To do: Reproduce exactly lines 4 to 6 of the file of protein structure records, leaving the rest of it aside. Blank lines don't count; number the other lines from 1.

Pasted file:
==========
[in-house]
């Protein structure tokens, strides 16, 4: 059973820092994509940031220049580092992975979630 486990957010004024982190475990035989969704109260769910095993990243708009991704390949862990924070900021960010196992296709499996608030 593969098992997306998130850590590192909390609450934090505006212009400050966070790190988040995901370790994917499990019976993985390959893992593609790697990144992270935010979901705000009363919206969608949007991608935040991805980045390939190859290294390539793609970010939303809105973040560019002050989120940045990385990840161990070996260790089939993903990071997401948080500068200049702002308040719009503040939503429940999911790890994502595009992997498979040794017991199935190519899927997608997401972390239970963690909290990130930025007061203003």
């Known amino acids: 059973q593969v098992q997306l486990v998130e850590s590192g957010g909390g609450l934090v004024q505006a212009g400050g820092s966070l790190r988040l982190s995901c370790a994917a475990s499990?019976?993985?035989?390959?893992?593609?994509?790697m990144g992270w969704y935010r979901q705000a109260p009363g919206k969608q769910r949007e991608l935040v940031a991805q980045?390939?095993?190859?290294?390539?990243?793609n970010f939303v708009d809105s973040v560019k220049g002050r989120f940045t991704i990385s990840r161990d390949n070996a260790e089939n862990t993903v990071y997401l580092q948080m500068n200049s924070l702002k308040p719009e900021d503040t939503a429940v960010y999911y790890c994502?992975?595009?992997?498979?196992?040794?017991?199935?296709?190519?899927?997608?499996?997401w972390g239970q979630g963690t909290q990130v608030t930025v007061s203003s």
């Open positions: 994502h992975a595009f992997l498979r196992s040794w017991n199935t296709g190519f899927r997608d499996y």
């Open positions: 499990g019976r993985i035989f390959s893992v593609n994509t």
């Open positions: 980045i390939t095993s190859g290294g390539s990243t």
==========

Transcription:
């Open positions: 994502h992975a595009f992997l498979r196992s040794w017991n199935t296709g190519f899927r997608d499996y």
């Open positions: 499990g019976r993985i035989f390959s893992v593609n994509t």
């Open positions: 980045i390939t095993s190859g290294g390539s990243t």